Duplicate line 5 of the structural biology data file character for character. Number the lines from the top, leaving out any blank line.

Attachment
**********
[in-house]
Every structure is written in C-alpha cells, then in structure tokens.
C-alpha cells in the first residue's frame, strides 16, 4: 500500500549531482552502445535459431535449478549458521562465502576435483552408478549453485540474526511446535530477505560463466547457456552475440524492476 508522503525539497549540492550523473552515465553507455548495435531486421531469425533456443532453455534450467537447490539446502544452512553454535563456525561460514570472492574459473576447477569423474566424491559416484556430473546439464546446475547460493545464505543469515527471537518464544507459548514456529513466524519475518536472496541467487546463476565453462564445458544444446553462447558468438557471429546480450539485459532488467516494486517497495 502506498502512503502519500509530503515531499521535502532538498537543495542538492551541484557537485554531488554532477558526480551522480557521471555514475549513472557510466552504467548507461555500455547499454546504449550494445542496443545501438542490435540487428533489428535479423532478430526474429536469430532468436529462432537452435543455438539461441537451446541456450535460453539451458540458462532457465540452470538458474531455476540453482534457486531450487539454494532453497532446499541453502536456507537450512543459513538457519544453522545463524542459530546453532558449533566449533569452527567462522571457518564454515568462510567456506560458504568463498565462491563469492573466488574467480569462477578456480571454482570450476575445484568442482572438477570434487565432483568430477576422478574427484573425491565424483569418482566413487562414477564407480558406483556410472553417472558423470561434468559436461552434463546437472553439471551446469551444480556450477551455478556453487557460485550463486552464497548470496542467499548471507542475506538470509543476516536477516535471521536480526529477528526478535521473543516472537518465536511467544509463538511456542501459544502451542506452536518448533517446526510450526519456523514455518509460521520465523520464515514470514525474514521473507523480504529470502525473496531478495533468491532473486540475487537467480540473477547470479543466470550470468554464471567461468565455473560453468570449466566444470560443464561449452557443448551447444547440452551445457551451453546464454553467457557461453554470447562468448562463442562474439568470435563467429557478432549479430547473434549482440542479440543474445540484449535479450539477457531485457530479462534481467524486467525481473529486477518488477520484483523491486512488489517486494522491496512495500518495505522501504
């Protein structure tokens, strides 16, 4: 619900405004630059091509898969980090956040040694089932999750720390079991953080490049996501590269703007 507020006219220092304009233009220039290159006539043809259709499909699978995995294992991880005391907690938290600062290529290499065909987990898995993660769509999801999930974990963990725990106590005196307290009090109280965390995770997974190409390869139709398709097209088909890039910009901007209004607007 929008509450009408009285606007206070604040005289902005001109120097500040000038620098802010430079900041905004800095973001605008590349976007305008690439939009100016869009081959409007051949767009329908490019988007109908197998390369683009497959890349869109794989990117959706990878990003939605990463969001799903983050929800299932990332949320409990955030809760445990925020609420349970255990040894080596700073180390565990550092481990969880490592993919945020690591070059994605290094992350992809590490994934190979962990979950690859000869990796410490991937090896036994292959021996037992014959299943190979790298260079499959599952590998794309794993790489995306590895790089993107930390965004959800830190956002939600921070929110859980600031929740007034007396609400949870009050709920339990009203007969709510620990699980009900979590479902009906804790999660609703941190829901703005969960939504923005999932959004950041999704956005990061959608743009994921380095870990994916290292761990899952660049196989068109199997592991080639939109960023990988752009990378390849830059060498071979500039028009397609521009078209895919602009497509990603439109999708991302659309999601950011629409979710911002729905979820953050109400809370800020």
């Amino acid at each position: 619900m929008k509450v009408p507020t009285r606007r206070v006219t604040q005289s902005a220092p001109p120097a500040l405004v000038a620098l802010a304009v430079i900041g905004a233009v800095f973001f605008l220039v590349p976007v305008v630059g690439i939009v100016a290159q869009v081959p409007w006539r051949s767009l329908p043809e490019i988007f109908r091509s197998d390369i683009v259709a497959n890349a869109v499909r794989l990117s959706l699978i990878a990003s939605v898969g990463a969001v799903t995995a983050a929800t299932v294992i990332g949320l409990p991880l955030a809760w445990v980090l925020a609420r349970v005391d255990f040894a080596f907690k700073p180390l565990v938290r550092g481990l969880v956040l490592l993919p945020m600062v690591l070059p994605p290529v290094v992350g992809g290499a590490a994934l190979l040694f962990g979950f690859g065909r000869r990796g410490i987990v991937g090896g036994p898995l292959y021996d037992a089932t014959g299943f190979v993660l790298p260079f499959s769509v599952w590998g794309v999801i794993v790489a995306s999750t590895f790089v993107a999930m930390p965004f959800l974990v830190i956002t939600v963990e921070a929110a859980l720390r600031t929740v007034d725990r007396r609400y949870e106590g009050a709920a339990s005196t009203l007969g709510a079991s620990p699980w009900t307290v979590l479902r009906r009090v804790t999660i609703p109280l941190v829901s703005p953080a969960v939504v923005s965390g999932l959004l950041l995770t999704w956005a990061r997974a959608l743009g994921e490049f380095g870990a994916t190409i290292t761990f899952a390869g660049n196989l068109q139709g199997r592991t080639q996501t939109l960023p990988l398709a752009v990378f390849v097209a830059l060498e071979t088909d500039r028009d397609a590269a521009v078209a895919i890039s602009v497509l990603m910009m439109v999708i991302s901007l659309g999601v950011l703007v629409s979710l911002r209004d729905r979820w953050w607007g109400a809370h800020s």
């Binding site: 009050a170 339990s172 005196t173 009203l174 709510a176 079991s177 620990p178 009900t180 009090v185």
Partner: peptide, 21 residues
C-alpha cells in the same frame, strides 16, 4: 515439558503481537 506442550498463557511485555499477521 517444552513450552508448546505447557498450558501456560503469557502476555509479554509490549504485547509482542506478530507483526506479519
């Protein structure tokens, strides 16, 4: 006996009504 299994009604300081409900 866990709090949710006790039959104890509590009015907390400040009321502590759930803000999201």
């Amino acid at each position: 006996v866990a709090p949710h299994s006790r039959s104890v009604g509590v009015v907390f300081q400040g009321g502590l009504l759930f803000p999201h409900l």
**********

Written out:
């Amino acid at each position: 619900m929008k509450v009408p507020t009285r606007r206070v006219t604040q005289s902005a220092p001109p120097a500040l405004v000038a620098l802010a304009v430079i900041g905004a233009v800095f973001f605008l220039v590349p976007v305008v630059g690439i939009v100016a290159q869009v081959p409007w006539r051949s767009l329908p043809e490019i988007f109908r091509s197998d390369i683009v259709a497959n890349a869109v499909r794989l990117s959706l699978i990878a990003s939605v898969g990463a969001v799903t995995a983050a929800t299932v294992i990332g949320l409990p991880l955030a809760w445990v980090l925020a609420r349970v005391d255990f040894a080596f907690k700073p180390l565990v938290r550092g481990l969880v956040l490592l993919p945020m600062v690591l070059p994605p290529v290094v992350g992809g290499a590490a994934l190979l040694f962990g979950f690859g065909r000869r990796g410490i987990v991937g090896g036994p898995l292959y021996d037992a089932t014959g299943f190979v993660l790298p260079f499959s769509v599952w590998g794309v999801i794993v790489a995306s999750t590895f790089v993107a999930m930390p965004f959800l974990v830190i956002t939600v963990e921070a929110a859980l720390r600031t929740v007034d725990r007396r609400y949870e106590g009050a709920a339990s005196t009203l007969g709510a079991s620990p699980w009900t307290v979590l479902r009906r009090v804790t999660i609703p109280l941190v829901s703005p953080a969960v939504v923005s965390g999932l959004l950041l995770t999704w956005a990061r997974a959608l743009g994921e490049f380095g870990a994916t190409i290292t761990f899952a390869g660049n196989l068109q139709g199997r592991t080639q996501t939109l960023p990988l398709a752009v990378f390849v097209a830059l060498e071979t088909d500039r028009d397609a590269a521009v078209a895919i890039s602009v497509l990603m910009m439109v999708i991302s901007l659309g999601v950011l703007v629409s979710l911002r209004d729905r979820w953050w607007g109400a809370h800020s």